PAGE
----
About the world's despair;
But to make bad matters worse
I found God wasn’t there.
In The Fear of God, he rejects the Christian conception of a just and merciful God and expresses the view that God is arbitrary:
Whose mercy to you rather than to others
Won’t bear too critical examination
In short, God in Frost's poetry is either a creature of man's own imagination or so remote from him as to be meaningless.
Frost is a realist, and an ameliorist. He studies the human predicament, examines its different facets, and then suggests ways and means by which human lot can be improved and bettered. First, he suggests that we must respect the 'otherness' of other individuals, and not try to impose ourselves upon anybody. Distances must be maintained. In Mending Wall, he teaches us that, "Good fences make good neighbours," and the moral of the Build Soil is, "keep off each other and keep each other off". Amicable human relationship is possible only in this way. Loneliness and alienation may be the subject of his inquiry in many a poem, but this does not mean that he admires isolation, and dislikes democracy and brotherhood. Rather, he advocates the Aristotelian golden mean between self-centredness and self-love, and society and companionship. A man must try to understand his fellow men and love and sympathy would follow upon such understanding. Healthy social life is possible only in this way. In a way his pre-occupation with the theme of alienation may be taken as a psychological expression of his intensely felt need for human society. Lawrence Thompson agrees with this view and says "His poem closely represents the confrontation of fear, lostness, alienation, not so much for purposes of shuddering as for purposes of overcoming fright, first through individual, and then through social, ingenuity, courage, daring and action."
Secondly, he advocates devotion to work which in his view is necessary to make life bearable. Nature is imperfect and chaotic, and man must seek to perfect and order it through a constant process of 'gardening'. Fact is the sweetest dream that labour knows, and one must do one's duty under all circumstances. The woods may be 'lovely and deep', but their enchantment must not make one forget that,
But I have promises to keep
And miles to go before I sleep.
True virtue is in the doing, not in what is done. In the Trail by Existence, he suggests, that, "the greatest reward of daring the struggle is still to dare". The true purpose of life is to test the heroism of the human soul. Therefore, one must struggle and dare and suffer the uttermost on earth, for only in this way can man deserve the bliss of heaven, and the mercy of God.
Thirdly, he advocates that Man must have faith in God. The mystery of life and the ways of God cannot be understood through reason. His salvation lies in absolute Faith. While on earth do your duty with sincerity and devotion and with Faith in the Divine, and then most certainly God would assuage the cruelty and injustice of man's lot on this earth. He tells us in the Masque of Mercy:
I can see that the uncertainty.
In which we act is a severity.
A cruelty, amounting to injustice
That nothing but God's mercy can assuage.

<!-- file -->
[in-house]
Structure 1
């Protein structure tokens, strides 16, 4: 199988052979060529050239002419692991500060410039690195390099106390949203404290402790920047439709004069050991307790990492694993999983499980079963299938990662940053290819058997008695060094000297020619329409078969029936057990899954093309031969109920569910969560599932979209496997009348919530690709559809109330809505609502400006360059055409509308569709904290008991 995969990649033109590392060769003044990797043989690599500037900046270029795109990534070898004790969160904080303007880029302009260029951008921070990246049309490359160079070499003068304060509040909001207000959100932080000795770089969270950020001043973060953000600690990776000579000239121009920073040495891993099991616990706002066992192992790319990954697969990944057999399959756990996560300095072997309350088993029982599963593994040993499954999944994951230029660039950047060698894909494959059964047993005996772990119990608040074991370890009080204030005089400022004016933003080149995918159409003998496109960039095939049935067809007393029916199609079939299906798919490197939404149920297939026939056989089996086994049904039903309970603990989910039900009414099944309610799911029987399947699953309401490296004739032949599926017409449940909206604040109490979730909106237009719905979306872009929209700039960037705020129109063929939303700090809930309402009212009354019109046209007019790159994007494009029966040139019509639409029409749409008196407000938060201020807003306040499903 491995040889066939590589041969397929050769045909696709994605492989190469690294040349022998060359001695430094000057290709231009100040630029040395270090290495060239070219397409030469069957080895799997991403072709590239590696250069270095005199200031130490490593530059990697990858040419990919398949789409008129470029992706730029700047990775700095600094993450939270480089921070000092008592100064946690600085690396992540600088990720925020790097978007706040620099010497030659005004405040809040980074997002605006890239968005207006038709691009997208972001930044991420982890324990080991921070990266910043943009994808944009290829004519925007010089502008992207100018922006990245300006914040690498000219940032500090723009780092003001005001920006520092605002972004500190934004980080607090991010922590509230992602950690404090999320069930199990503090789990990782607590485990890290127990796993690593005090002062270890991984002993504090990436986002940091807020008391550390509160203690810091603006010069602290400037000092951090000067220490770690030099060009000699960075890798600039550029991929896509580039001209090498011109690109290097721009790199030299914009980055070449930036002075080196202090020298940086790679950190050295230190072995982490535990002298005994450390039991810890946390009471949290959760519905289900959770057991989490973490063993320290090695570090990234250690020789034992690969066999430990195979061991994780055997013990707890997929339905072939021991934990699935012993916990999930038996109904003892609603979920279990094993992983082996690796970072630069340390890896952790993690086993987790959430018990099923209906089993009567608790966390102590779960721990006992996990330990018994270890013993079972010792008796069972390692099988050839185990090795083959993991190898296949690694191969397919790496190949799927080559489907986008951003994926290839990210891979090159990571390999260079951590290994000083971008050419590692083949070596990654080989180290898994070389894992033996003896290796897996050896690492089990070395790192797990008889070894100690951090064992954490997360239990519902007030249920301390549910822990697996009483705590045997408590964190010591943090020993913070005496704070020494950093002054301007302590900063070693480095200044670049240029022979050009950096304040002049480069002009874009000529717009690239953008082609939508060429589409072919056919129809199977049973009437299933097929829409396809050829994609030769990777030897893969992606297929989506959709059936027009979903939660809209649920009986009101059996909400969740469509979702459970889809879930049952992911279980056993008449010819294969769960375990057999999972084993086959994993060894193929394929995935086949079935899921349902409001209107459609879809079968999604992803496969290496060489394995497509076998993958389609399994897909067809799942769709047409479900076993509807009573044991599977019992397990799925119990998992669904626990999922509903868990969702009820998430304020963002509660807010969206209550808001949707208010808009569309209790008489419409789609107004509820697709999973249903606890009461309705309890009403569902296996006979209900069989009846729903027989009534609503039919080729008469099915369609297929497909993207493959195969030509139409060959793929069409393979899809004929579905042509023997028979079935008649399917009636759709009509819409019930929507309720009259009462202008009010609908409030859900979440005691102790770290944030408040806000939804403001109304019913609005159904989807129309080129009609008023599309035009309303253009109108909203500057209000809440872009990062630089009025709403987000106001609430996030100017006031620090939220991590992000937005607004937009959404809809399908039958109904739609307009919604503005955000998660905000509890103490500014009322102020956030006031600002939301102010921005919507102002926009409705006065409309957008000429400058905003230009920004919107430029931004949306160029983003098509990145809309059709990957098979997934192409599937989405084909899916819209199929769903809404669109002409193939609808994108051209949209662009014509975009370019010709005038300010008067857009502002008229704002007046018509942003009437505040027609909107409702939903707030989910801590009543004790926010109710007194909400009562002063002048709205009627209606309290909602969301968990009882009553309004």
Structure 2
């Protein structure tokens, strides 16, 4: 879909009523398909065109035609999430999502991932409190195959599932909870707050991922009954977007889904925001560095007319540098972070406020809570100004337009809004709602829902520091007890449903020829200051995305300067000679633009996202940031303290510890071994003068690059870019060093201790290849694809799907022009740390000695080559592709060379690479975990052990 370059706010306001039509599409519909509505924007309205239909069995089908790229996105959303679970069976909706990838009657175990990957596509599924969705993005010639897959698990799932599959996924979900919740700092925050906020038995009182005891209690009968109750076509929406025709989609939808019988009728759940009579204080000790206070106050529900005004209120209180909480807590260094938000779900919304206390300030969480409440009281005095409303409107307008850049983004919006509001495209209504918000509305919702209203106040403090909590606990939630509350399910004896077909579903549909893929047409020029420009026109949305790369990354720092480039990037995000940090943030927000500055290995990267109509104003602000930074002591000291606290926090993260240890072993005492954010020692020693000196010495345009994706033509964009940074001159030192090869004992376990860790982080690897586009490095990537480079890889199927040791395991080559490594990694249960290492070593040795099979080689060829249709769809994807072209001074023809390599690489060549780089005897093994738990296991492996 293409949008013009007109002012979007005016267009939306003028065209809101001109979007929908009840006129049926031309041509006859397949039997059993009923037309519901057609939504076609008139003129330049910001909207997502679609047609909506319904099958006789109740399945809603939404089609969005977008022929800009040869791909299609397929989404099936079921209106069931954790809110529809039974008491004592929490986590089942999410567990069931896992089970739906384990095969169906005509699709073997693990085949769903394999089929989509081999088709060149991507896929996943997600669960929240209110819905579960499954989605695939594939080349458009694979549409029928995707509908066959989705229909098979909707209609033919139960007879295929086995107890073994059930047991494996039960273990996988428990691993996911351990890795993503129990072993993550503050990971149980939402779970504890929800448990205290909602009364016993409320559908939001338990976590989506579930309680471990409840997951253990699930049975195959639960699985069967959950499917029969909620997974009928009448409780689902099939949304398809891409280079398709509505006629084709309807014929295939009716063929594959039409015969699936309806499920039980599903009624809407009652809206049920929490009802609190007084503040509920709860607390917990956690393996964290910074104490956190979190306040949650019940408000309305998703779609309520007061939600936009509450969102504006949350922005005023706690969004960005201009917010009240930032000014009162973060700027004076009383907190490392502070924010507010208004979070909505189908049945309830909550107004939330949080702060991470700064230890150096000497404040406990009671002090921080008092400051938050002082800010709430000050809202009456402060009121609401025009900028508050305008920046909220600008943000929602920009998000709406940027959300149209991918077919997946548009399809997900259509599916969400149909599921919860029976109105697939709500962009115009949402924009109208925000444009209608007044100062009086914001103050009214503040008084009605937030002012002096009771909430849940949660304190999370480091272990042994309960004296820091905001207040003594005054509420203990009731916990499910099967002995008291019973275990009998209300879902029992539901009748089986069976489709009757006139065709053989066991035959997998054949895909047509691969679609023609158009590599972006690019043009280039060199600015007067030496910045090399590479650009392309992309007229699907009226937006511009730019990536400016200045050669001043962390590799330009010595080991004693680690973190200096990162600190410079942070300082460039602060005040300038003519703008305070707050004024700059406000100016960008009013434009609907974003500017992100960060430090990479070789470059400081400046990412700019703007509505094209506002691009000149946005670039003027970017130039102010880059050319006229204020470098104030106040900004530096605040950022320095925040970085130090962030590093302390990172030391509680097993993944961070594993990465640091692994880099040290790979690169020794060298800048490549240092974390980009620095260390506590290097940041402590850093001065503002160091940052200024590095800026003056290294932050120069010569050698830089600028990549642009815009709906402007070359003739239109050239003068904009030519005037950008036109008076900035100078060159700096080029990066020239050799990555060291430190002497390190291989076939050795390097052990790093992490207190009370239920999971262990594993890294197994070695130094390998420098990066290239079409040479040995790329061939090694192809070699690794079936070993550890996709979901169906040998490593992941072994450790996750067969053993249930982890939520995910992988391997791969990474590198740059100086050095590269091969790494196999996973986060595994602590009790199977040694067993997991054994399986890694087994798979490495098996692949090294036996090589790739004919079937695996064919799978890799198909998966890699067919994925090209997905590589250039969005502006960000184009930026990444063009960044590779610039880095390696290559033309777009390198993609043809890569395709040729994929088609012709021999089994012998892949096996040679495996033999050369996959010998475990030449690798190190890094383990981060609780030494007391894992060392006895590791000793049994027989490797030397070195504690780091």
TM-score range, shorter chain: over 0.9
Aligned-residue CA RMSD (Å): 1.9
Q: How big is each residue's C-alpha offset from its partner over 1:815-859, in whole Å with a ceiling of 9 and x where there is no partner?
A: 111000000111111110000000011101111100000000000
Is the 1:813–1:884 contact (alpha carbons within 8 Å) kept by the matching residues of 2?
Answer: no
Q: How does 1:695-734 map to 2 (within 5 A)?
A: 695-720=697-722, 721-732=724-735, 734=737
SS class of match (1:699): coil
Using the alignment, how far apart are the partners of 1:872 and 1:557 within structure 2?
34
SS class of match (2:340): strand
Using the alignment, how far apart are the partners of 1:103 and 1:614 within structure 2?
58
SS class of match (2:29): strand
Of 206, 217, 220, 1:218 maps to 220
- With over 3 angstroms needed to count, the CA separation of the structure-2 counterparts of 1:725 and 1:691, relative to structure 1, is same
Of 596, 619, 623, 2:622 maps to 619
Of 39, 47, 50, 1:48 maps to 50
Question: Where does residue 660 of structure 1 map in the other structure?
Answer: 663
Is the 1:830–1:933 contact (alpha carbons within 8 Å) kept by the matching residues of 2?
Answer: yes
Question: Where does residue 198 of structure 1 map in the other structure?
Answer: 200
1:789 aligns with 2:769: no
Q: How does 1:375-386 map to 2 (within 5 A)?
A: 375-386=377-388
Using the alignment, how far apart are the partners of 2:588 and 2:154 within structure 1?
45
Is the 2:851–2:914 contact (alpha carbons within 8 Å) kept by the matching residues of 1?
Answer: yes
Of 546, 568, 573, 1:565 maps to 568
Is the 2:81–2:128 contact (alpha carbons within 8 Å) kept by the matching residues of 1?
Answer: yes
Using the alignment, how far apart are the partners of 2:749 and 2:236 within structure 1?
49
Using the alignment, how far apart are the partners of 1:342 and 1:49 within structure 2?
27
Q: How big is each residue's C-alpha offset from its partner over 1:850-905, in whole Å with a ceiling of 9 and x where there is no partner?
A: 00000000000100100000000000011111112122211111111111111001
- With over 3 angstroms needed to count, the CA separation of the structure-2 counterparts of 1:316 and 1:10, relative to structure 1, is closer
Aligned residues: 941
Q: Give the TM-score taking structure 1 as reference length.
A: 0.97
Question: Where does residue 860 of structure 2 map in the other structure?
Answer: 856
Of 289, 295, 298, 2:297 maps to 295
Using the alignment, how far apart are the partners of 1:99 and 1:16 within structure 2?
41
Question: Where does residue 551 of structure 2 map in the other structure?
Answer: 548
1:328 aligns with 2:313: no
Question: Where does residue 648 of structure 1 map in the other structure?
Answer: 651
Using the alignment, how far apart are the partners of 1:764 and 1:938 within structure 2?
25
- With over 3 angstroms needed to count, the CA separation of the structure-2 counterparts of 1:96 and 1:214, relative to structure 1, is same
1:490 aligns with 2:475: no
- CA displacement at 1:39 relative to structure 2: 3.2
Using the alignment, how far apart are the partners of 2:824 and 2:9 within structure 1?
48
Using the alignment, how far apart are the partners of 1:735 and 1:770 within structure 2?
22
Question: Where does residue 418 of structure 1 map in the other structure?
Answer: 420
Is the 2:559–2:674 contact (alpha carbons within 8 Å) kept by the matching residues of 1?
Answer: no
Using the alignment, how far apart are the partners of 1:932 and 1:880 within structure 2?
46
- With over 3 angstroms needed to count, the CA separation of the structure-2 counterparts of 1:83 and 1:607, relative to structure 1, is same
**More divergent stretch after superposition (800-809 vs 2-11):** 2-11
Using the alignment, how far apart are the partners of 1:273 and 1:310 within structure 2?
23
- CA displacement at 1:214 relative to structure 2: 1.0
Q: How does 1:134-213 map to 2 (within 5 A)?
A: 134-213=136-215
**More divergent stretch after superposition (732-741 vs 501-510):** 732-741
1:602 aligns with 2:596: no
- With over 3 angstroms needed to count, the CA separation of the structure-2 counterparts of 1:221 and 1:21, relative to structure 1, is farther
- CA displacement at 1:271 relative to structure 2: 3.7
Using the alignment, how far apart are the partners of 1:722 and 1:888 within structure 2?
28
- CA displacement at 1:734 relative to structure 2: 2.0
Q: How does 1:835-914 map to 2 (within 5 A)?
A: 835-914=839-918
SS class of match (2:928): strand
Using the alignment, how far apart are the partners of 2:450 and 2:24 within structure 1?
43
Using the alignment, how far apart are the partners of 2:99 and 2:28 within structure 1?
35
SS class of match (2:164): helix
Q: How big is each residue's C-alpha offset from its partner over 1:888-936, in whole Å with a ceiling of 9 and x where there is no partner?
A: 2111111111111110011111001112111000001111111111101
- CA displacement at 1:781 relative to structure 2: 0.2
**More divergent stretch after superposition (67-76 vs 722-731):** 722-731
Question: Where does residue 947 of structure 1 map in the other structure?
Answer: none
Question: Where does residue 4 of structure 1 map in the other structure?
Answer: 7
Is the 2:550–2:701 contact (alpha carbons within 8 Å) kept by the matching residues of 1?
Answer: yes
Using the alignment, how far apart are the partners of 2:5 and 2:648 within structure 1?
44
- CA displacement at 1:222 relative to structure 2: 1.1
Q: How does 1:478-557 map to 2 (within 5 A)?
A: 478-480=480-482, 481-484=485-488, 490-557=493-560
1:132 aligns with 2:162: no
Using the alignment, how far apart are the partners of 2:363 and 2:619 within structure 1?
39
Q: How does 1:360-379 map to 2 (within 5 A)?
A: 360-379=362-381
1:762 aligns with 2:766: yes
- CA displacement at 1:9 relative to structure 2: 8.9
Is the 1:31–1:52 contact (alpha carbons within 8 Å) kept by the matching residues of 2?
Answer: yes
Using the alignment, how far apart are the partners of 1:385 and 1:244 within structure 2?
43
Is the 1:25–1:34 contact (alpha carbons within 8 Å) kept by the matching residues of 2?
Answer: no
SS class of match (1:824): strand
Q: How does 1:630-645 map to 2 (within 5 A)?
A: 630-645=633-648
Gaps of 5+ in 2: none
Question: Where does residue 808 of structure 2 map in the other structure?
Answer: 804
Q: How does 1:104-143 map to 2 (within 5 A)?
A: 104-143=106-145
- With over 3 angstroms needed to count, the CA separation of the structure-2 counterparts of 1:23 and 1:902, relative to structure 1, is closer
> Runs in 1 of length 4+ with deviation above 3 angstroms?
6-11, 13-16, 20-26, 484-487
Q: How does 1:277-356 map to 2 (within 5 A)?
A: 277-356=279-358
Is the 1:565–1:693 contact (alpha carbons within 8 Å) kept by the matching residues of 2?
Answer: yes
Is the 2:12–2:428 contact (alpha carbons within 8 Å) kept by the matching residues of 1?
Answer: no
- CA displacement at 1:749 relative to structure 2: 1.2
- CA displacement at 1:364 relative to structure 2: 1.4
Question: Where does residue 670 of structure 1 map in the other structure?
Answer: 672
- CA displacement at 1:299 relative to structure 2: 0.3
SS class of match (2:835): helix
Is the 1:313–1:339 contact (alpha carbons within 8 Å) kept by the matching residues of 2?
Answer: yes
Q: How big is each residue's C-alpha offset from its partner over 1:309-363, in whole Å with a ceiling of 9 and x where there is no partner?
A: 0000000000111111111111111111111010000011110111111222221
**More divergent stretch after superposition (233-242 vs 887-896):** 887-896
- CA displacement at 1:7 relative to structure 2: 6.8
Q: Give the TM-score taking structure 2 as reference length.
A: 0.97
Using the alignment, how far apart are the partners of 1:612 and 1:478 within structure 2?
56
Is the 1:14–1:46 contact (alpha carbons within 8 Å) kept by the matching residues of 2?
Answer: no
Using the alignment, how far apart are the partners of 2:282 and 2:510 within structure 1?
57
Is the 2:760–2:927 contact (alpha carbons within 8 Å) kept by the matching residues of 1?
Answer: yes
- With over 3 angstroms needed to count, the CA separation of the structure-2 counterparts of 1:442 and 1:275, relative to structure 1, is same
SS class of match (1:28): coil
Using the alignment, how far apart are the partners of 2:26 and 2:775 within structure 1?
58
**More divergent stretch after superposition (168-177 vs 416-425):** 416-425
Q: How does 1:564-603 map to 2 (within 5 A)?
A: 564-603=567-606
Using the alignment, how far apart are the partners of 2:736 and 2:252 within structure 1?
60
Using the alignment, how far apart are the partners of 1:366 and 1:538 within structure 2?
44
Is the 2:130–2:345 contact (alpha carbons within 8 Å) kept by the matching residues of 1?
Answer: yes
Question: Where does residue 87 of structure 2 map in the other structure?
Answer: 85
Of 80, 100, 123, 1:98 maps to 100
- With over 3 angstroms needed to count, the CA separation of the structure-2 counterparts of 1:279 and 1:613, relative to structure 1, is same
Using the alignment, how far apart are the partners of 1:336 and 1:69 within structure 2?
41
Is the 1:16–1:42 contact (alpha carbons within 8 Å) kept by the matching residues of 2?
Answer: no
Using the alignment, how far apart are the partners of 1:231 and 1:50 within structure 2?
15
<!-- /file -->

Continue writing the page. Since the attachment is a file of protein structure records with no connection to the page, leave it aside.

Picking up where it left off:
Man can be saved only by God's mercy, which man receives for having laboured under grave injustice, and despite the many 'barriers', and limitations which have been imposed upon him, and which he must struggle all his life to overthrow. "This is the only way to man's salvation, for if he does not labour thus, his limitations would not admit of any salvation. To Frost, God is still one who cares for man, "and will save him, no matter how many times or how completely he has failed."
Fourthly, it should be remembered that in postulating as soul-less and mechanistic universe, he is merely echoing the teaching of modern science. Nature is pure matter and man has a soul or spirit. Frost repeatedly asserts the superiority of man over nature. Man can impose his will over the chaotic world of nature and order and complete it. Man is superior to the lower creatures and other objects of nature. In the Tree at My Window, he tells us that the tree is concerned only with, 'outer weather' and a concern for 'inner weather' is possible only for man. In the White Tailed Hornet, he deplores comparisons as a result of which "our worship, honour, consciousness", have long since gone to the dogs under the table. In the Accidently on Purpose, he writes:
...... Grant me intention, purpose and design
That is near enough for me to the Divine.
In short, Frost is a wise poet-philosopher who advocates not a rejection of life, but an acceptance of it with all its limitations. He loves the world and life in it, even though he often finds faults with it, quarrels with it as a lover often does with the woman he loves. His quarrel with the world is a, 'lover's quarrel’. In Birches he tells us, "Earth is the right place for love". He does not regard the universe as chaotic, though he is conscious of many imperfections. He does not shut his eyes to the hardness of man's lot, but suggests ways and means for its amelioration. His message to his fellow-men is to have,
...... Courage in the heart
To overcome the fear in the soul,
And go ahead to any accomplishment.
Action, determined and fearless, in the living present, is considered by Frost as essential for human salvation.